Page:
IODH.
>>>>>>>> [I
>>>>>>>> can try that with the current implementation]
>>>>>>
>>>>>> I've already tried it.
>>>>>>
>>>>>>> See my note above
>>>>>>>>
>>>>>>>> As to whether the Timeout class should be a Timer or some
other type
>>>>>>>> of test element - that does not matter so long as it can
be applied
>>>>>>>> to
>>>>>>>> the samplers individually or when in scope.
>>>>>>>>
>>>>>>>> I chose Timer because it was already called in the right
place, but
>>>>>>>> I
>>>>>>>> assume JMeterThread can call any Test class provided that
it
>>>>>>>> implemented the SampleInterface.
>>>>>>>>
>>>>>>>> It must be one of the existing Test Element classes that
are handled
>>>>>>>> by the Menu system otherwise it will need special handling.
>>>>>>>>
>>>>>>>> The scope requirement rules out Config elements and Logic
>>>>>>>> Controllers.
>>>>>>>
>>>>>>> It does not seem like a pre-processor to me, nor a post-procesor,
nor
>>>>>>> a
>>>>>>>>
>>>>>>>> Listener
>>>>>>>>
>>>>>>>> So AFAICT the only remaining options are the Timer and Assertions.
>>>>>>>>
>>>>>>>> I think both are justifiable.
>>>>>>>
>>>>>>> Why isn't it part of Sampler abstract class and as such a field
in
>>>>>>> Sampler?
>>>>>>
>>>>>> How does the user indicate that a Timeout should be applied to a
>>>>>> particular Sampler?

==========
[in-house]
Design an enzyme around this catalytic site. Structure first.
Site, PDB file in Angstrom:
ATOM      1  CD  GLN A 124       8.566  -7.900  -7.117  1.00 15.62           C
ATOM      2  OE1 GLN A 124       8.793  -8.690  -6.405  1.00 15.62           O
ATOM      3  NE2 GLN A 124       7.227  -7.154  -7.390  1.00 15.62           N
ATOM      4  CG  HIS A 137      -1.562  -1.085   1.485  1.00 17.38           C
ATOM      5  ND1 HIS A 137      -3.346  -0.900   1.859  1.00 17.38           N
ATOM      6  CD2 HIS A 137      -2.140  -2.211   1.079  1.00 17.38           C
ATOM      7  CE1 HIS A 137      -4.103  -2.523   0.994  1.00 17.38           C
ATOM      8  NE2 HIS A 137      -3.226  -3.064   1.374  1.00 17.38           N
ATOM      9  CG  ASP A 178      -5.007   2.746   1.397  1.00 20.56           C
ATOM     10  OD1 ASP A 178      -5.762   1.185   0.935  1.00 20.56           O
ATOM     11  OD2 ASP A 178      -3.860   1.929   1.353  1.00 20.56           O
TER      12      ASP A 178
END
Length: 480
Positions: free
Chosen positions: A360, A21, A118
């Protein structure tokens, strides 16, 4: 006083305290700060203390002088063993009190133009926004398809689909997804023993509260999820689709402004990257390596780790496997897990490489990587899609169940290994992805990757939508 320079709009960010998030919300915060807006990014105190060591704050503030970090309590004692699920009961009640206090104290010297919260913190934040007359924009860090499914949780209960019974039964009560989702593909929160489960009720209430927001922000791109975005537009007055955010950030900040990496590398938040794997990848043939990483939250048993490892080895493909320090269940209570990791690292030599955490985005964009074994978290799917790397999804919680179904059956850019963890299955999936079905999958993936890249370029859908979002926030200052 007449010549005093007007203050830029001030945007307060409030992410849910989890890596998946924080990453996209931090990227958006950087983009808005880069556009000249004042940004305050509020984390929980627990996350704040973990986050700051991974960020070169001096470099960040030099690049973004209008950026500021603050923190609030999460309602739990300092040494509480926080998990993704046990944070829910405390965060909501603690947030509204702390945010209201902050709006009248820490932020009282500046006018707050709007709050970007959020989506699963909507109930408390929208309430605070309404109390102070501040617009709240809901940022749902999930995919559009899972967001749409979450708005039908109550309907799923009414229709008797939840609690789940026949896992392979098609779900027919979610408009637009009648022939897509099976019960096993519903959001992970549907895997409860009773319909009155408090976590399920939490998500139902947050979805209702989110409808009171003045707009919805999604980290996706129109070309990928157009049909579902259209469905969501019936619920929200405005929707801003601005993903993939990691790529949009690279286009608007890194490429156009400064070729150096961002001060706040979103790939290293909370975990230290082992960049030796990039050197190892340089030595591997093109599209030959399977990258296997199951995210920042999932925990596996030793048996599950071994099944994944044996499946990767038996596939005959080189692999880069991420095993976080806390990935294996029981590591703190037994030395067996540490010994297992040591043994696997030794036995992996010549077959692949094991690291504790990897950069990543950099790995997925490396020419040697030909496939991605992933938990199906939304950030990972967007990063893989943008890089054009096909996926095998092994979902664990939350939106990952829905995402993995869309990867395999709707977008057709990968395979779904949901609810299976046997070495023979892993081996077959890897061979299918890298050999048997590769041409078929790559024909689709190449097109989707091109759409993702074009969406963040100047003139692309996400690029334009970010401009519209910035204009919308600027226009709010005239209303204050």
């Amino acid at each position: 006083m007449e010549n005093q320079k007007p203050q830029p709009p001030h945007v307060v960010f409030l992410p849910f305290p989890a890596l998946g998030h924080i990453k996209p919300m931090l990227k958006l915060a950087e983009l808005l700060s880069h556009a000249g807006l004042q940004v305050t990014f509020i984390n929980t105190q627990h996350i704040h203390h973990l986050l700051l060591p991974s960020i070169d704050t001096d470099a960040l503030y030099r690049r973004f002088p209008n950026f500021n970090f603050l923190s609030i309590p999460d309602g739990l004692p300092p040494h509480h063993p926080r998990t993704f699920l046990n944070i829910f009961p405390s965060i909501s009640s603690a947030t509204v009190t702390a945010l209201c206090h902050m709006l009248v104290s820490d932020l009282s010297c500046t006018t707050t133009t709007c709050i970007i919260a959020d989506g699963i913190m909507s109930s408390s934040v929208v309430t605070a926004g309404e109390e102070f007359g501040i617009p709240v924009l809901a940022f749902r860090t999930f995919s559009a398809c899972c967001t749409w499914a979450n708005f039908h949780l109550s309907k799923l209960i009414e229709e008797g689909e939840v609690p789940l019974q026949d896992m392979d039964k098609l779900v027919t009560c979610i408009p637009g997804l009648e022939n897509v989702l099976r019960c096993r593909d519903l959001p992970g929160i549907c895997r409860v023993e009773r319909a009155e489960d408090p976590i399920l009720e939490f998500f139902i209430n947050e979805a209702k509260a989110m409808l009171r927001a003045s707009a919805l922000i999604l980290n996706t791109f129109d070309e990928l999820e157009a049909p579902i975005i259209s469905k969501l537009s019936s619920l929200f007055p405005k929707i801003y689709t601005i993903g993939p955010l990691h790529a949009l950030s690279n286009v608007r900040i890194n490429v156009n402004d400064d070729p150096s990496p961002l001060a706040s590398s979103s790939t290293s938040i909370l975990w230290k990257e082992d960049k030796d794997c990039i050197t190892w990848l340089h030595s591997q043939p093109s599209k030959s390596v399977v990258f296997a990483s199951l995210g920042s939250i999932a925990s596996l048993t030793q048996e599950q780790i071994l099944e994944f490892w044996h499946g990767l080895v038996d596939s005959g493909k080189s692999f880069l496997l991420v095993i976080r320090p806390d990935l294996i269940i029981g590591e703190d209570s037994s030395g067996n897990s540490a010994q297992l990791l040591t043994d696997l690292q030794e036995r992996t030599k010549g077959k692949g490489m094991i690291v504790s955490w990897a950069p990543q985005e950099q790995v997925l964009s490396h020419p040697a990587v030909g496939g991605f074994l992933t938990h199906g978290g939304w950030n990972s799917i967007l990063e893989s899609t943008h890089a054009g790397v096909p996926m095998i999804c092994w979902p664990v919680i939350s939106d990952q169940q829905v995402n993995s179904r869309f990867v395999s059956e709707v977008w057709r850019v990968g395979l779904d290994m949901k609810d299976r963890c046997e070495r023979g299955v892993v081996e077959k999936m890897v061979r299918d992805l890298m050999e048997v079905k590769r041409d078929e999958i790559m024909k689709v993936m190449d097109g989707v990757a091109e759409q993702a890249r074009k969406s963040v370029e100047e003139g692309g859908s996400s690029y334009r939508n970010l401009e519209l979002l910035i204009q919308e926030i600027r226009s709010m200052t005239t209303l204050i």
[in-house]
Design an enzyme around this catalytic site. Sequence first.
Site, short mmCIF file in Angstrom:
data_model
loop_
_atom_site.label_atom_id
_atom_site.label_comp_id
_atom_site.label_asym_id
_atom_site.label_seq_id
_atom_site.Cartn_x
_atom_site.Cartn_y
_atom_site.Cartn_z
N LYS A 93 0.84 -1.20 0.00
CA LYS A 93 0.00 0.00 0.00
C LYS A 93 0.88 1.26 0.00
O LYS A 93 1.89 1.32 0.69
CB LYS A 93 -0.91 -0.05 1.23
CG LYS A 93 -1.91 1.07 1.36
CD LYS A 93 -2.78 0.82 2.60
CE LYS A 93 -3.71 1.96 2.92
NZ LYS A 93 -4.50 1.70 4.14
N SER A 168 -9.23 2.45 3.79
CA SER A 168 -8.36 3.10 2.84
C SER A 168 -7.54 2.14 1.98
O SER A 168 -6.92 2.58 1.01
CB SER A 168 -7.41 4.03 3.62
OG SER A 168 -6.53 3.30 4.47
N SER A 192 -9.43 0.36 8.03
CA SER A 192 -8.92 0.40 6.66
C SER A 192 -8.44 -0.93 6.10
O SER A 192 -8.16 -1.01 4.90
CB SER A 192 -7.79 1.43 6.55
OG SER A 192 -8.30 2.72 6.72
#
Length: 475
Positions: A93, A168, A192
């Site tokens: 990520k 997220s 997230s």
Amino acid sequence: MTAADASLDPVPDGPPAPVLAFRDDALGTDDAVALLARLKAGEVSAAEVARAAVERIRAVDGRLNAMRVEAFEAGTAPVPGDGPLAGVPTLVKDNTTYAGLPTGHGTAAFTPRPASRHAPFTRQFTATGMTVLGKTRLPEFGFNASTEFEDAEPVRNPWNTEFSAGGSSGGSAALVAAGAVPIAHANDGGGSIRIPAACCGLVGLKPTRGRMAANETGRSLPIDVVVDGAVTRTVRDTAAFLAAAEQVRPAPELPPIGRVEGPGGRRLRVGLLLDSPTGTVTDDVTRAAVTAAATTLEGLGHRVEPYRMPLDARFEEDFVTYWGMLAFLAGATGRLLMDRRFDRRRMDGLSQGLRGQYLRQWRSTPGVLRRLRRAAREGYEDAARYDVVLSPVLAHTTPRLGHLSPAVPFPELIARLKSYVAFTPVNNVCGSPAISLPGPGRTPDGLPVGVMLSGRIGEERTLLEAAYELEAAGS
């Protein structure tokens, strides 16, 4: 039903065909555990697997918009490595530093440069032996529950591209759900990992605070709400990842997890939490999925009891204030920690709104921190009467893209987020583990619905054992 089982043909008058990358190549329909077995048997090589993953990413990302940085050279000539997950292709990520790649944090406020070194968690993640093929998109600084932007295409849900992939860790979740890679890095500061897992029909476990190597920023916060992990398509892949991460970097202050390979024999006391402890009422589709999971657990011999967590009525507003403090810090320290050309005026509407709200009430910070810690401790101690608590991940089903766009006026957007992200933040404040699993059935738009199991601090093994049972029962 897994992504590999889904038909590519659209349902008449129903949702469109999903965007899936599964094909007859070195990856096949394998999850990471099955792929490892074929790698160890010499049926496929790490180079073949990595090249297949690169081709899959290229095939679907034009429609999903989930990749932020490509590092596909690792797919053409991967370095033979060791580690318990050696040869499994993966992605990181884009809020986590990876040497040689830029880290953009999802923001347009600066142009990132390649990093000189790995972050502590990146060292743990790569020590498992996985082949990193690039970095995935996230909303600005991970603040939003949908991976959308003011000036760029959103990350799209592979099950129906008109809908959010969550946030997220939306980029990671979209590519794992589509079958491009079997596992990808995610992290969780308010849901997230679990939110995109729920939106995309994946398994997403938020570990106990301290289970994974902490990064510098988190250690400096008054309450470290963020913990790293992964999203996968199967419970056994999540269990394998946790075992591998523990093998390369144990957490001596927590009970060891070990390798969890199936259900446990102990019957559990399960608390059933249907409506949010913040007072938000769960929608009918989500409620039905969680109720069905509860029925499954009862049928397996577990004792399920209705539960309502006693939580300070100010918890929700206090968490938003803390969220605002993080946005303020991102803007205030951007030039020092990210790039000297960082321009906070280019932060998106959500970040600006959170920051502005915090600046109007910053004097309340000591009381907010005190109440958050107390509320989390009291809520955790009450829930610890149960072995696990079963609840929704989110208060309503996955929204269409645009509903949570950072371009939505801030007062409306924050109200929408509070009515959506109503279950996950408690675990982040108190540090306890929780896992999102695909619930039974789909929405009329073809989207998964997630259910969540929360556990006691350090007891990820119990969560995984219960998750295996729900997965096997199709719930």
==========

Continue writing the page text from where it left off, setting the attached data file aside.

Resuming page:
>>>>>> It's a lot of work to add Timeout fields to every GUI.
>>>>>> Whereas being able to add a child test element to each applicable
>>>>>> sampler is already supported.
>>>>>> Further, such a test element can be applied to multiple samplers
in
>>>>>> scope.
>>>>>> Much easier to enable and disable a single element that having to
>>>>>> update each Sampler.
>>>>>>
>>>>>> That's why it needs to be a separate test element.
>>>>>>
>>>>>>> For me none of Timer nor Assertions are conceptually valid.
>>>>>>> The behaviour is not a pause(so not Timer for me), it's not an
>>>>>>> Assertion
>>>>>>> neither as for me an Assertion only checks something.
>>>>>>> Although not fully satisfying it look to me more of a PreProcessor
as
>>>>>>> it
>>>>>>> sets a timeout on the Sampler , it can also be considered as
a Post
>>>>>>> Processor.
>>>>>>
>>>>>> OK, I could live with it being a Pre-Procesor.
>>>>>> That has the correct scoping rules.
>>>>>>
>>>>>>>> The name of the class can of course be changed from InterruptTimer
-
>>>>>>>> I
>>>>>>>> think that is probably not the best choice. Maybe something
like
>>>>>>>> SamplerTimeout?
>>>>>>>>
>>>>>>> Yes or SamplerTimeouter or SamplerInterrupter
>>>>>>>
>>>>>> Or even SampleTimeout - that's what it does, it applies a timeout
to a
>>>>>> sample.
>>>>>>
>>>>>>> --
>>>>>>> Cordialement.
>>>>>>> Philippe Mouawad.
>>>
>>>
>